I also adored "The Tanuki-Kettle," a fairy tale also drawn on a Japanese tale that is too unutterably cute for, er, utterances. I read it aloud to my ten-year-old while he chortled. The newest story in the collection, "The Tears of My Mother, the Shell of My Father," is a strange mixture of adorable cuteness and philosophic profundity.

Nearly as fun as the stories themselves are Eugie's one-paragraph commentaries at the end of each tale, reflecting such things as the family expectations at her own birth, the prevalence of unfair "foxist rhetoric" in Chinese and Japanese folktales, and the habits of her pet skunk.

I recommend this collection highly.
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8 of 9 people found the following review helpful By R. Santa on March 18, 2009
Format: Hardcover
What a joy, a delight, and an experience that makes a fellow writer breathless for having gone through it. Ms. Foster's collection of stories is mind-boggling in its juxtaposition of both complexity and simplicity. Simple, in that almost all of these stories I could read to my young girls at bed time; complex, in that I would be hard-pressed to emulate the storytelling style of Ms. Foster who has obviously mastered the skill. I've given the book to my 10-year-old daughter who is enchanted by it almost as much as I was. No amount of embarassingly rich praise is too much for this collection. "The Tiger Fortune Princess," "The Tanuki-Kettle," The Archer of the Sun and the Lady of the Moon," along with the story from which the book takes its name...classic storytelling flow and structure, set in mostly ancient Asia. So lovely, words fail me, so I shall stop trying to think of them.
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2 of 2 people found the following review helpful By ReaderAnne on October 7, 2013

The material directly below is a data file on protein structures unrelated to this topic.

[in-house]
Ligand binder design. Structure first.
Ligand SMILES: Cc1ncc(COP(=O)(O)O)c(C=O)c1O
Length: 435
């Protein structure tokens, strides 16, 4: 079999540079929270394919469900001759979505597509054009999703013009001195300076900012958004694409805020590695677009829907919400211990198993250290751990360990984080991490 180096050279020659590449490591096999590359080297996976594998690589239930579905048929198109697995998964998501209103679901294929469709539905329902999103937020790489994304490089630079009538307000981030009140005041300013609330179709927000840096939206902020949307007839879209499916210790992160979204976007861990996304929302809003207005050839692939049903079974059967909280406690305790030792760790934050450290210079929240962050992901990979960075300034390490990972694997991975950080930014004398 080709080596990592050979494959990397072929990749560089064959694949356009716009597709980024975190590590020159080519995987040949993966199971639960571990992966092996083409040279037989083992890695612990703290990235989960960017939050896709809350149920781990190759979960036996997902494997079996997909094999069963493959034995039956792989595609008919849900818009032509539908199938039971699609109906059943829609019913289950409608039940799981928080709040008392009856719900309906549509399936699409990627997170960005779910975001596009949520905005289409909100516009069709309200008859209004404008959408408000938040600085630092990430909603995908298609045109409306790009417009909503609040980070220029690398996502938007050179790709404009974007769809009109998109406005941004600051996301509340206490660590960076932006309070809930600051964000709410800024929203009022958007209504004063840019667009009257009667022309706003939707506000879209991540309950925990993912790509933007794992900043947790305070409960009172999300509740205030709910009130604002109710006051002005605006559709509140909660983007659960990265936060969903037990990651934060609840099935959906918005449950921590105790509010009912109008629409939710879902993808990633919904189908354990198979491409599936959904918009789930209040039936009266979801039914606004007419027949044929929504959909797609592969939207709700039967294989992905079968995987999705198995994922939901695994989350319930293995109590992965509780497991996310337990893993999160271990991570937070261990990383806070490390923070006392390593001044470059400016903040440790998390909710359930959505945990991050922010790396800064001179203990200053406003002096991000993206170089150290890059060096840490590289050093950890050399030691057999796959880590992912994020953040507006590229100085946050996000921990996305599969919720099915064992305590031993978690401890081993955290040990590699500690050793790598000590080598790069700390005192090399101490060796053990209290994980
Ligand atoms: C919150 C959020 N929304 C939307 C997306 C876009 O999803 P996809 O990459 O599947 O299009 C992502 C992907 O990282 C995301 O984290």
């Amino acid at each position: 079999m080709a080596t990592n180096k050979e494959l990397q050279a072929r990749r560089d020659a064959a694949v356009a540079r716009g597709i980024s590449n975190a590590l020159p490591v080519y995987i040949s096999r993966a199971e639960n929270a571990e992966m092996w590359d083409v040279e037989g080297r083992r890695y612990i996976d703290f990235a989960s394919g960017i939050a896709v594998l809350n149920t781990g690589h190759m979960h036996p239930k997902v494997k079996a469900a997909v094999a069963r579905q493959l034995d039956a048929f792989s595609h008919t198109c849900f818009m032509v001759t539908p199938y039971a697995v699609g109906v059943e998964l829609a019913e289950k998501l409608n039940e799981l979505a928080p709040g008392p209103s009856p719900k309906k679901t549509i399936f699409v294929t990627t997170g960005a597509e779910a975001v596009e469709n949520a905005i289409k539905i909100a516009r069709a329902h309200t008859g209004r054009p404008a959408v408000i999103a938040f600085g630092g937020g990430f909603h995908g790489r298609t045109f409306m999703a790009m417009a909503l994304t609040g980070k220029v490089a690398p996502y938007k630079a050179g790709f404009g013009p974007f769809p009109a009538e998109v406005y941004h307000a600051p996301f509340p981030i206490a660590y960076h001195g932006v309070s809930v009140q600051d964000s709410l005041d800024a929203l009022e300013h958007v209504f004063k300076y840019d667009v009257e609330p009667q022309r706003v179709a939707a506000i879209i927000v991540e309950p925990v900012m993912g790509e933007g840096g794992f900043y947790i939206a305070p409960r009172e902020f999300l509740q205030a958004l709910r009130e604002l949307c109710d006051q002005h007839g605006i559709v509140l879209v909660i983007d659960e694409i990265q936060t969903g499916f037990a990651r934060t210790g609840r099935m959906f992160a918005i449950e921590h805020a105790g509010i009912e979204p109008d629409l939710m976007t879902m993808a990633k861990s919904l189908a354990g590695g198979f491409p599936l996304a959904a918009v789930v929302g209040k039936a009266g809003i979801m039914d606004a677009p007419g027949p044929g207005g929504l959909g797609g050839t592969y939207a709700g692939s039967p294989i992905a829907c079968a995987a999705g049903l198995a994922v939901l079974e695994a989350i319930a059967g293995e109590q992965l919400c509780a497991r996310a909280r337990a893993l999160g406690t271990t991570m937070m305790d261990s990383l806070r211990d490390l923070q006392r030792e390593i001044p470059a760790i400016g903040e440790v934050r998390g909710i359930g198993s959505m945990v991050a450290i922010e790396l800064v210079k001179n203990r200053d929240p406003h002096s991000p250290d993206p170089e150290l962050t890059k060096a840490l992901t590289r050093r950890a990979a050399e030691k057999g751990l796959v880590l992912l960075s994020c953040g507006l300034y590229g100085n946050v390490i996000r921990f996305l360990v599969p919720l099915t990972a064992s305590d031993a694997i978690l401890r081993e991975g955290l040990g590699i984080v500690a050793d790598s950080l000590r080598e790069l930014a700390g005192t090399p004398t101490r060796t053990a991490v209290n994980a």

Format: Kindle Edition
I fell in love with the writing style of Eugie Foster through this book. Written from an ethnic world view that's so different from mine, this collection transcended east/west and other dissonances that can separate us in the world. Eugie's writing style is pure, spare, sometimes funny, sometimes heartbreaking. Since reading this book, I have read many of her short stories, and even the ones I disagree with or don't understand on first reading nevertheless grasp my imagination and pull me in. Her writing, and her world view, are both beautiful. I would almost be willing to go to Dragon Com for a chance to meet her! If you love fantasy, or just like having your world expanded while your imagination is completely engaged, Eugie will be your new favorite author. She is a rare author who can make you think deeply while entertaining you totally. I am not exaggerating when I say her writing will someday be considered on an equal footing with that of Tolkein and Ursula Guinn. I recommend this book as well as any other books/stories Eugie has published.
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2 of 2 people found the following review helpful By Another Angel on August 5, 2011
Format: Paperback Verified Purchase
Love this book! I've been hungry for Asian themed fantasy for a long time and was delighted by this product. Beautifully written, stylized, and engaging. It only suffered from being a collection of short stories and leaving me wanting a longer tale. I hope the author someday publishes a full length fantasy book under the same theme.
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4 of 5 people found the following review helpful By Scott M. Sandridge on June 22, 2009
Format: Hardcover
Eugie Foster's writing style contains a near-poetic flow that'll keep you reading from start to finish. And when it comes to characterization and plot and so forth, her stories never disappoint.
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1 of 1 people found the following review helpful By lyn T. on October 17, 2013
Format: Kindle Edition Verified Purchase
I don't review books very often, but if you are thinking about purchasing a book, I highly recommend this one! This was my first time reading Eugie Foster's short stories, but I will definitely be looking for more!
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Format: Kindle Edition Verified Purchase
This was a great collection of short stories, some bitter, some sweet, and many bittersweet. She tells original tales as well as retells Asian folk stories. All are masterfully written and I especially enjoyed her notes at the end of each story explaining the origin or inspiration behind each. I also appreciated the humor that came through there that was mostly lacking in her stories. Overall, very enjoyable!